I Thought You Should Know | We all need God to prune away our sins
5th Sunday of Easter - 2012
1 John 18-24
I think it is safe to say that today the Catholic Church in the United States, and each of us, its members, are in dire need of pruning. When grape vines go unpruned, all the plant's energies go into foliage instead of into fruit.
Since the mid 1960s, we in this country have experienced the cultural revolution, the communications revolution and the sexual revolution, all leading to a secularist culture of materialism and a culture of death.
None of us has been unscathed by the onslaught of the secularization of the public square, and in some cases the secularization of our parishioners. None of us has been unscathed by the confusion generated by dissident theologians following the Second Vatican Council.
It is not that our pontiffs have not been clear about Catholic teachings, but often we have been so blinded by the attraction of a culture of false promises that often we have not listened to and lived the traditional teachings of the Catholic Church.
Perhaps the most brilliant Church document issued during the 20th century, aside from the documents of Vatican II, was Humanae Vitae, written by Pope Paul VI in 1968. This caused a gargantuan outcry from many Catholic theologians as well as some Catholic priests. Perhaps it is an understatement that we priests did not always teach the principles of Humanae Vitae unequivocally. Perhaps we did not want to alienate the couples using artificial contraception.
The results are with us today. Our schools are underpopulated because our homes are underpopulated. Our homes are underpopulated because we have not been clear about the intrinsic evils of artificial contraception. As a result of not challenging our Catholics to abide by unchanging principles, we now have many Catholics cohabiting before marriage, and some of them never get married. They just live together.
In addition to this, many so-called Catholics have voted into office politicians who take money from Planned Parenthood in order to help them get re-elected. Perhaps the federal health insurance mandate, which will require all citizens to help pay for the killing of the unborn by funding abortion-causing drugs, is merely an expected outgrowth of our free choices in the voting booth, for which God will hold us accountable!
G. K. Chesterton once said, "What's wrong with the world? I am!"
All of us are called to change. That is what today's Gospel is all about. Jesus tells us that His Father "takes away every branch in me that does not bear fruit, and every one that does He prunes so that it bears more fruit." This is not a matter of simply cutting out dead branches, but cutting away some living branches in order that what remains will bear more fruit.
Pruning a plant is very shocking to the plant's system, but it does stimulate more growth. Pruning away the sin and excesses in our lives is very painful but is necessary if we are to avoid the fires of hell and grow in holiness.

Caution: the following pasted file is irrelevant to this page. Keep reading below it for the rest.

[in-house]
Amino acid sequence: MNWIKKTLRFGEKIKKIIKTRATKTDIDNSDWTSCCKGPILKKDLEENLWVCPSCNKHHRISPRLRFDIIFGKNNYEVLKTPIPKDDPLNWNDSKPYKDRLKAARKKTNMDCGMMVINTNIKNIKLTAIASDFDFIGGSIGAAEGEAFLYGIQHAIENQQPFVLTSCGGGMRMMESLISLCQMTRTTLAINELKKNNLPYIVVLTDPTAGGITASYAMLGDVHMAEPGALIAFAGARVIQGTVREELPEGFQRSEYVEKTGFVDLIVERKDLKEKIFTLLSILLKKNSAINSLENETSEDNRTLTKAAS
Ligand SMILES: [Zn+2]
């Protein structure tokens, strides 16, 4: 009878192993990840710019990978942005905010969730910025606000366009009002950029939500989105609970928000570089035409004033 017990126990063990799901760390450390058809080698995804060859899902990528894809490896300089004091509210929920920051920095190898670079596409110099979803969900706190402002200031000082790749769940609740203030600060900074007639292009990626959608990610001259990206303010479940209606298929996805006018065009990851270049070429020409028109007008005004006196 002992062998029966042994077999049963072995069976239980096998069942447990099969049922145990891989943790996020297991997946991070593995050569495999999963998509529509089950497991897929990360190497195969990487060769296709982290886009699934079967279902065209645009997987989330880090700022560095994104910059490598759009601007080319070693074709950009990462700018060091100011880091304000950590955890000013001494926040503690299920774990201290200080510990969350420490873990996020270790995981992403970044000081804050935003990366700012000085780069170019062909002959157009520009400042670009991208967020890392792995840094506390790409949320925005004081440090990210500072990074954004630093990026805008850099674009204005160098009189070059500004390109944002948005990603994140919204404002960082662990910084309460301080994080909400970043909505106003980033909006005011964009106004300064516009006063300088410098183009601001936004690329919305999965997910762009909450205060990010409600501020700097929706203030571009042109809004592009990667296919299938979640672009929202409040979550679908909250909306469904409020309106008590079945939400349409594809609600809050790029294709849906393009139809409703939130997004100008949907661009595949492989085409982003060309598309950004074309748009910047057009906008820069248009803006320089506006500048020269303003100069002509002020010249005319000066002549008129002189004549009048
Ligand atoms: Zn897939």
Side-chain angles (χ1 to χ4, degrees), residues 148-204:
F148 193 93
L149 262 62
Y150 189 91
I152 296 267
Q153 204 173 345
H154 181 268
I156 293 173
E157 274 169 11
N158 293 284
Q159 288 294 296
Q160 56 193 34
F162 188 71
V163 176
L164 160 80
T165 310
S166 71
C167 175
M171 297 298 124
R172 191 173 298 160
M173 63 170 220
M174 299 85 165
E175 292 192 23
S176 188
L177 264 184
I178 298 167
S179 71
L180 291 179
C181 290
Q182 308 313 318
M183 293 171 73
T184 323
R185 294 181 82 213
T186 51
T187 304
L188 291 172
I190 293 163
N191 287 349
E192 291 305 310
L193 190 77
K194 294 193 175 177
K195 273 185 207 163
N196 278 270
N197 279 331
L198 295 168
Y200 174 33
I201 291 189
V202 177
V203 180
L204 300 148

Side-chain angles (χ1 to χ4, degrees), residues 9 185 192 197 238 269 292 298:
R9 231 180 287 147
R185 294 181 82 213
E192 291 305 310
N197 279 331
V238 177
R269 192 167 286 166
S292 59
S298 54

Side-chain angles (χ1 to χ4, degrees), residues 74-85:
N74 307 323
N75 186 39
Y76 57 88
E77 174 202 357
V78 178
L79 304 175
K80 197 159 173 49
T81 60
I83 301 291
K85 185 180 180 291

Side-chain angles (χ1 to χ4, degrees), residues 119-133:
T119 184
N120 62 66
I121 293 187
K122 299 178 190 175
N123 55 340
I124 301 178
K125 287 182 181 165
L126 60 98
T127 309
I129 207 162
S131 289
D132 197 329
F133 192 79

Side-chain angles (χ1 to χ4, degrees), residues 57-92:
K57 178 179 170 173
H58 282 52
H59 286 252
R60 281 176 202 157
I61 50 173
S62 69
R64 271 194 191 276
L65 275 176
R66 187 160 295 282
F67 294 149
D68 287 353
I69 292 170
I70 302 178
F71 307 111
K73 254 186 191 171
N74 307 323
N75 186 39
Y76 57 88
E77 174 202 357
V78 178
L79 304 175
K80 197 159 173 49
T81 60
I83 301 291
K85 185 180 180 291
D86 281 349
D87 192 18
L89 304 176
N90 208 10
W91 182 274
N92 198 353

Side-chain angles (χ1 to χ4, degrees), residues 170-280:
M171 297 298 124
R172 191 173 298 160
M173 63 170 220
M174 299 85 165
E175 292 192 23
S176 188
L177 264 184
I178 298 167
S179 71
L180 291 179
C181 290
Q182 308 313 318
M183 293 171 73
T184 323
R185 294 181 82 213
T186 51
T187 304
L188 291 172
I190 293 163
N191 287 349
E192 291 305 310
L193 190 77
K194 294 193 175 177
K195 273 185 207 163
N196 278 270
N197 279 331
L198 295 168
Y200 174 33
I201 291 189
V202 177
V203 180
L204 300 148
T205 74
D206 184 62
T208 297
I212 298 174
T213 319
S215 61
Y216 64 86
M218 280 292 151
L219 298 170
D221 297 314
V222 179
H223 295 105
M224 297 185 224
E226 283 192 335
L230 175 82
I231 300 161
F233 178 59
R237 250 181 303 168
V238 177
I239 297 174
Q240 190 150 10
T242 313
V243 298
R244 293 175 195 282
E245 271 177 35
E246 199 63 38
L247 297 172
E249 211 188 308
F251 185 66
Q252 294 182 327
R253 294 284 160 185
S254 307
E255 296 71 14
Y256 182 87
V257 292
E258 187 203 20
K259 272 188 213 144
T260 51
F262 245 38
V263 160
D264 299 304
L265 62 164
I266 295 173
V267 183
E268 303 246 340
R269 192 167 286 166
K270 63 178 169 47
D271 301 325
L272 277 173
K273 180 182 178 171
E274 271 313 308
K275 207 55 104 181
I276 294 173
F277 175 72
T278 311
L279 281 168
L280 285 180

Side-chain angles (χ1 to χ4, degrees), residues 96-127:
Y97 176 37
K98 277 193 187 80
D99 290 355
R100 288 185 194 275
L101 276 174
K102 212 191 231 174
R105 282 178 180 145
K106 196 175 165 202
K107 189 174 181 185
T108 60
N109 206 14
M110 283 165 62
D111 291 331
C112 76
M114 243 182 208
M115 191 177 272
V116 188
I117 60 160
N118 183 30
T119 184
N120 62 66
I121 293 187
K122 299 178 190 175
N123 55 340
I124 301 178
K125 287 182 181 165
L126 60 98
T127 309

How do we know where we need pruning? Sacred Scripture and the teachings of the Catholic Church make it very clear what God expects of us.
The first concept we need to review is the concept of sin. Revisiting the issue of sin is very politically incorrect but very biblically and spiritually healthy. Unless we allow the word of God and the teachings of the Catholic Church to speak the truth to our hearts about the reality of sin, we will all perish, and Christ's death for us will have been in vain.
In paragraph 1849, the Catechism of the Catholic Church states, "Sin is an offense against reason, truth and right conscience; it is a failure to genuine love for God and neighbor caused by a perverse attachment to certain goods. It wounds the nature of man and injures human solidarity. It has been defined as 'an utterance, a deed, or a desire contrary to the eternal law.'"
While we have the catechism out, let us say a word about the gravity of sin. "Mortal sin destroys charity in the heart of man by a grave violation of God's law; it turns man away from God, who is his ultimate end and his beatitude, by preferring an inferior good to Him. Venial sin allows charity to subsist, even though it offends and wounds it" (CCC1855).
If you are still with me, let us read paragraph 1861. "Mortal sin is a radical possibility of human freedom, as is love itself. It results in the loss of charity and the privation of sanctifying grace, that is, of the state of grace. If it is not redeemed by repentance and God's forgiveness, it causes exclusion from Christ's kingdom and the eternal death of hell, for our freedom has the power to make choices forever, with no turning back. However, although we can judge that an act is itself a grave offense, we must entrust judgment of persons to the justice and mercy of God" (emphasis added).
I encourage you to go to the catechism and study the conditions that make a sin mortal. The more you know the truth about sin, the more you can grow in holiness.
If we really want God to prune us, we need to study the teachings of the Catholic Church and to read the Bible every day. It tells us what God wants of us.
For example, God tells us in the Book of Hebrews 4:12, "Indeed, the word of God is living and effective, sharper than any two-edged sword, penetrating even between soul and spirit, joints and marrow, and able to discern reflections and thoughts of the heart."
If we want to take today's Gospel seriously, we all need to allow God to transform us profoundly. We need the courage to ask God to show us our sins and then to plead with Him for help in changing the desires of our hearts.
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